Solutions At Hand

Handhelds, smartphones, mobile technology and the digital lifestyle.

This weeks buzzword: Inter-operability.

Posted by Michael Brown on July 15, 2005

Inter-operability can be very simply defined as “plays well with others”. Once information is entered or stored in any digital system or media, it should be able to be read in any other system, right? After all, it’s digital now, right? Unfortunately, that’s not always the case; hence the need for the term inter-operability.

The most important aspect of inter-operability is the least tangible one; namely, software. Software is what really makes a computer go, kind of like how gas makes a car go. Software must be “compiled” for a particular type of computer, similar to needing gas for a car and diesel for a dump truck; different “stuff” for different “engines”. Software creates “files”, which are the means by way digital information is shared. So, to inter-operate with one another, both the handheld and the desktop must be able to understand the file they share.

Since handhelds are meant to synchronize with a desktop computer, they need to “play well” with your desktop’s Operating System and it’s relevant files. For example, all palmOne devices ship with Palm Desktop for Windows, which is a mirror of the information on your handheld, but in a Windows application. Similarly, business-oriented handhelds like the Tungsten and Treo lines ship with Microsoft Outlook synchronization conduits, allowing your PDA to “play” with Outlook’s files. Most palmOne handhelds ship with Documents to Go, which lets your handheld work with Microsoft Word documents and Excel spreadsheets, as well as text files and some other document types.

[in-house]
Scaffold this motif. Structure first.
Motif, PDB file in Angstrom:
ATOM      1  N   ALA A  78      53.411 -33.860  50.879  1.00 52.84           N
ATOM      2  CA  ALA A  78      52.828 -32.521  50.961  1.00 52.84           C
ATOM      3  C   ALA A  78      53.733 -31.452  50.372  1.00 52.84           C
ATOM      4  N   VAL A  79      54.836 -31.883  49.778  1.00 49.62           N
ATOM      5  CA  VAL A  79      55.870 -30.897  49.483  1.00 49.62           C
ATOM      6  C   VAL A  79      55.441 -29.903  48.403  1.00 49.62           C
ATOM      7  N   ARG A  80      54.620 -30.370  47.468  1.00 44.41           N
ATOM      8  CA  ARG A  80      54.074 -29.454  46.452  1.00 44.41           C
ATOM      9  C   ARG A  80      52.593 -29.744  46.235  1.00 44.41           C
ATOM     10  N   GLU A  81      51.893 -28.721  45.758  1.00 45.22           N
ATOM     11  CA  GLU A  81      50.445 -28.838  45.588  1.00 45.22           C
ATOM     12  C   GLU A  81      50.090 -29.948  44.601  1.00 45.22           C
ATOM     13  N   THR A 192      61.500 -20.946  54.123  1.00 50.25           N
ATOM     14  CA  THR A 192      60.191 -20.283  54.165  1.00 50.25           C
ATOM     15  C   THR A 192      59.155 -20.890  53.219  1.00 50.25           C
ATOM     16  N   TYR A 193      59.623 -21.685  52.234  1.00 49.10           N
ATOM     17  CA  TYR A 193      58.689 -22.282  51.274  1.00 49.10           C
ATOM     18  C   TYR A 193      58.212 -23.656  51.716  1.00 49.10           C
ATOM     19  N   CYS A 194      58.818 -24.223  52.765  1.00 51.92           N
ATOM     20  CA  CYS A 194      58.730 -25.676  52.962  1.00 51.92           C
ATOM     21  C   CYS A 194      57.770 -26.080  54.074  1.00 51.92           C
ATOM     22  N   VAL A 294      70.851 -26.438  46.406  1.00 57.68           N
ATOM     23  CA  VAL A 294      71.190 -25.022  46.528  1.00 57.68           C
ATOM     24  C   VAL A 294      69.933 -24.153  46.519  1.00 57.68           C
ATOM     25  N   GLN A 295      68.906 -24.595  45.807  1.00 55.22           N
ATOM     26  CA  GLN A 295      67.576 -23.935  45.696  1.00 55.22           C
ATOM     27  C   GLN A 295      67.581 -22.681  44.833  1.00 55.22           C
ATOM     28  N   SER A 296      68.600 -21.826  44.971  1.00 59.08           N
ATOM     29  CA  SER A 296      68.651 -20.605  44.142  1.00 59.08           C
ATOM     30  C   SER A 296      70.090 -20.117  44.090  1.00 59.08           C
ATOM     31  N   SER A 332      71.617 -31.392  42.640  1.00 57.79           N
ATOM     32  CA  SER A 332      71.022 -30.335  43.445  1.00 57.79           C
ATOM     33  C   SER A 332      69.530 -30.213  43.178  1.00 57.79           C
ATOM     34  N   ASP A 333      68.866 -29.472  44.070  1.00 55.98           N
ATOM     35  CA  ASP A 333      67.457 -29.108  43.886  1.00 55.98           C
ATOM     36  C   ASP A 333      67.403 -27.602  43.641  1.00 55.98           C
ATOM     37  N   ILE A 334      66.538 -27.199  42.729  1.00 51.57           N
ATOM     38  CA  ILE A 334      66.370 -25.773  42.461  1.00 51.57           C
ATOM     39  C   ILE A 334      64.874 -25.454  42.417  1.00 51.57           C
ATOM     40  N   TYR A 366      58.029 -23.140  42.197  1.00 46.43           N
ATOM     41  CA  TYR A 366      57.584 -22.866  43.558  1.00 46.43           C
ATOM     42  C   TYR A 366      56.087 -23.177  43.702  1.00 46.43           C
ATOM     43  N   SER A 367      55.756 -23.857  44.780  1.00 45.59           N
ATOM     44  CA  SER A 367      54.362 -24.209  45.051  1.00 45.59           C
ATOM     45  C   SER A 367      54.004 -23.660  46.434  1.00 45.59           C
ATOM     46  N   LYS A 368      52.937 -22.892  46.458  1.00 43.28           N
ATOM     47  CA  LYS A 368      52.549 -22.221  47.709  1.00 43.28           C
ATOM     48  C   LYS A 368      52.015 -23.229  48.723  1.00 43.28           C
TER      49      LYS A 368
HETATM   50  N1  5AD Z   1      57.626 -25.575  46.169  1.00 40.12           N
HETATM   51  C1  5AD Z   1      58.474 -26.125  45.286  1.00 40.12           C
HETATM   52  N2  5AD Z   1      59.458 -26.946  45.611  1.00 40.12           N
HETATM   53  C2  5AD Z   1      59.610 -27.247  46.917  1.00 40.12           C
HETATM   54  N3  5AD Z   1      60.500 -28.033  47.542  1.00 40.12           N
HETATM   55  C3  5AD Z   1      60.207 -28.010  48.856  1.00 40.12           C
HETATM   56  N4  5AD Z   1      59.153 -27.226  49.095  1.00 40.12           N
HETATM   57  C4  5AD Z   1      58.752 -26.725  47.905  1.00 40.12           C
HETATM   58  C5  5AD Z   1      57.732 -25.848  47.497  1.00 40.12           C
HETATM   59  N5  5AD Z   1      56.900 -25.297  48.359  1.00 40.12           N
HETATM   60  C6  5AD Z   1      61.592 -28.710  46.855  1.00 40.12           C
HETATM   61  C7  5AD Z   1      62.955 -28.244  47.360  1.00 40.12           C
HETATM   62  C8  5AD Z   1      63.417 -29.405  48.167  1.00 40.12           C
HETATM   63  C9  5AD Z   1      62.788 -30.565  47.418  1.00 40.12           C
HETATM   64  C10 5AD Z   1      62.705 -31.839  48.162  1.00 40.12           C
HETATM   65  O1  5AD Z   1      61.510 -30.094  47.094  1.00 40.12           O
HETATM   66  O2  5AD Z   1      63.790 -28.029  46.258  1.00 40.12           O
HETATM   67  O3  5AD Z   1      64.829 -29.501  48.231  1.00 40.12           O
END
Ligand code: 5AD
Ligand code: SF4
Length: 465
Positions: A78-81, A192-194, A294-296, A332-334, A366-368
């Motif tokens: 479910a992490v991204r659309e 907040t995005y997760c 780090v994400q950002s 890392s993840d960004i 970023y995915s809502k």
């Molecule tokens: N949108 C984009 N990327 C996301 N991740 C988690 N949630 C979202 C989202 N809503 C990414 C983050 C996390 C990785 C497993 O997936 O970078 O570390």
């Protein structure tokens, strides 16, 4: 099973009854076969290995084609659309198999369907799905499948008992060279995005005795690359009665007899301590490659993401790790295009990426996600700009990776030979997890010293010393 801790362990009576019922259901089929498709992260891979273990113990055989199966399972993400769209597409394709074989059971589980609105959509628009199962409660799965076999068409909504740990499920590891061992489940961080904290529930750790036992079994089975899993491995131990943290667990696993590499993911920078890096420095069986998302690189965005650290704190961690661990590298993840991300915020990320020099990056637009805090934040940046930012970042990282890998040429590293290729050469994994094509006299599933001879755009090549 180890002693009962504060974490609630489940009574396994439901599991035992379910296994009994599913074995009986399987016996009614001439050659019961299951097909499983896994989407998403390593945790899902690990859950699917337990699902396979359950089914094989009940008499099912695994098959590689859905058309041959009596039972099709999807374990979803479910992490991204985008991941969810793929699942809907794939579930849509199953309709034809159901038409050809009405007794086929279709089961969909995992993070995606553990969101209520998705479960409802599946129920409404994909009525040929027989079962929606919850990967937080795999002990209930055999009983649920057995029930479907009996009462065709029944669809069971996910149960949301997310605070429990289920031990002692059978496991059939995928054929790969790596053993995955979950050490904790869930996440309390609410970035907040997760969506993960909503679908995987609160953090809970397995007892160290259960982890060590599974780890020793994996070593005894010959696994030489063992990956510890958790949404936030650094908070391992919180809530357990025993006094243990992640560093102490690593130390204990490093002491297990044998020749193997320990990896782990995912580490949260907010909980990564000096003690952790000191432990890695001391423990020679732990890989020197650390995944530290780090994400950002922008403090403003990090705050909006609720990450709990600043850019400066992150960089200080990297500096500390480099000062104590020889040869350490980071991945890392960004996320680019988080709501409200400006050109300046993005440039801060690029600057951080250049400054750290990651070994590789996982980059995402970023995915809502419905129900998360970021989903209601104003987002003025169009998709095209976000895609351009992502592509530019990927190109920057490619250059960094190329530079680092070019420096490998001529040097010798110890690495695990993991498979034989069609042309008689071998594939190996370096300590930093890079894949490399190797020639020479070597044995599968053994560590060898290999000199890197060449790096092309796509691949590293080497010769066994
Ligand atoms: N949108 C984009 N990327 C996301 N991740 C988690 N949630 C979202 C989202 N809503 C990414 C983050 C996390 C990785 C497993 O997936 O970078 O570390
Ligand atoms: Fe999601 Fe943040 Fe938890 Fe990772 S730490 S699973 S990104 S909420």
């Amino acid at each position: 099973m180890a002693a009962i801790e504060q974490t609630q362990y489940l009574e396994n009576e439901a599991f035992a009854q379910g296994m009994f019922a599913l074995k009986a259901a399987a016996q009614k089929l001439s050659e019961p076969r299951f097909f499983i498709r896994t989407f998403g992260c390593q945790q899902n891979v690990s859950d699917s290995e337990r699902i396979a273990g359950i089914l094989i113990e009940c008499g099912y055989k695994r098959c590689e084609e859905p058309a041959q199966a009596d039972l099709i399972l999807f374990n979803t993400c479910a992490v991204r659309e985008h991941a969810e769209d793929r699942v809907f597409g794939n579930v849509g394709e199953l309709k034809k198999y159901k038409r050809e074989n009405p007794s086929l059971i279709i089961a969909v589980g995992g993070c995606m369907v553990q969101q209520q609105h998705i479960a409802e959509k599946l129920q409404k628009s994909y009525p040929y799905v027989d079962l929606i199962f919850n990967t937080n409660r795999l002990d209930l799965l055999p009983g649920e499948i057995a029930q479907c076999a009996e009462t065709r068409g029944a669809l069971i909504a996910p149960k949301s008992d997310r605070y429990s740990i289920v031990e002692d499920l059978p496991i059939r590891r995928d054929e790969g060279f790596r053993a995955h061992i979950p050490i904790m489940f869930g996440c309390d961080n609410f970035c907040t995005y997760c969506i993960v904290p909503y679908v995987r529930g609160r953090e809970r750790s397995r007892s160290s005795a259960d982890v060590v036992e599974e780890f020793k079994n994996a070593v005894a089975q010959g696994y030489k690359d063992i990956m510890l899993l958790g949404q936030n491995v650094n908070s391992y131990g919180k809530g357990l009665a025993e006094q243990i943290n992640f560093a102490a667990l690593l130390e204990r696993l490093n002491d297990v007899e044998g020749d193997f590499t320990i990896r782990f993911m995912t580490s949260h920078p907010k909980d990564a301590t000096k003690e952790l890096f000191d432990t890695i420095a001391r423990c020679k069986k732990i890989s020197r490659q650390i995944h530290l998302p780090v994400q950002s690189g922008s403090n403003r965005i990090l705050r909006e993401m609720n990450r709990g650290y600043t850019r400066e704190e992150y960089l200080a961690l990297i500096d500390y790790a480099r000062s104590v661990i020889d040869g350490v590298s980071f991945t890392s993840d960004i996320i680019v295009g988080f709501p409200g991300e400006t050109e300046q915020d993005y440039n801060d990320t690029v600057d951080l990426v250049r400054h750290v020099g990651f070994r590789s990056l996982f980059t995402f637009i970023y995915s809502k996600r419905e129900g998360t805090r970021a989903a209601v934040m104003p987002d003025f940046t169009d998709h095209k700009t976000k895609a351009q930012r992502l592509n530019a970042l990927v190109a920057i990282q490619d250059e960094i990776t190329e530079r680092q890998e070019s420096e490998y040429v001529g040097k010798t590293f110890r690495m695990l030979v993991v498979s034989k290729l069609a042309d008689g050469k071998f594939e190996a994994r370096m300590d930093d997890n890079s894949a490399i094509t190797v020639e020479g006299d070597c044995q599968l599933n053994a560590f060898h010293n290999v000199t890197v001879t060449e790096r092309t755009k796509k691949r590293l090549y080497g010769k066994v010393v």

Inter-operability isn’t simply limited to the Windows Operating System and it’s applications. Palm OS inter-operates with other operating systems. Palm Desktop is available for the Mac platform, as is Apple’s bundled iSync solution. There is a product called “The Missing Sync” that adds additional support for Palm-Mac synchronization. Many third-party Palm applications have Mac desktop components. Palm handhelds inter-operate well with Linux desktop systems, through pilot-link conduits and other Palm-friendly means. There are a number of Linux applications that share information with Palm Powered handhelds and smartphones.

Inter-operability doesn’t end at the desktop. Many large companies have corporate e-mail, calendaring, and customer relations management/sales force automation software (CRM & SFA) that connect office staff to mobile workers. There are several companies that supply software that allows Palm handhelds and Treo smartphones to integrate/inter-operate with these corporate solutions. These products run on a server in your companies’ datacenter, or are “hosted” by service providers like Bell Mobility or Rogers Wireless for smaller businesses. These products are available for Lotus Notes, Microsoft Exchange/Outlook, Novell Groupwise, and other groupware solutions. There are also market-specific software like Top Producer and Agent Office, both of which are Palm inter-operable Real Estate software applications.

They key to inter-operability is the same for collaborating amongst people; a clear understanding of the information being shared. This is best achieved through the use of standards and extensible platforms. There are few technical reasons why electronic devices cannot inter-operate; usually it comes down to vendors choosing to support – or not support – particular platforms. Fortunately, Palm OS is the most widely supported mobile platform in existence today, which is why we have such a choice of software available to work with, both on the desktop or server, and on the handheld or smartphone itself.

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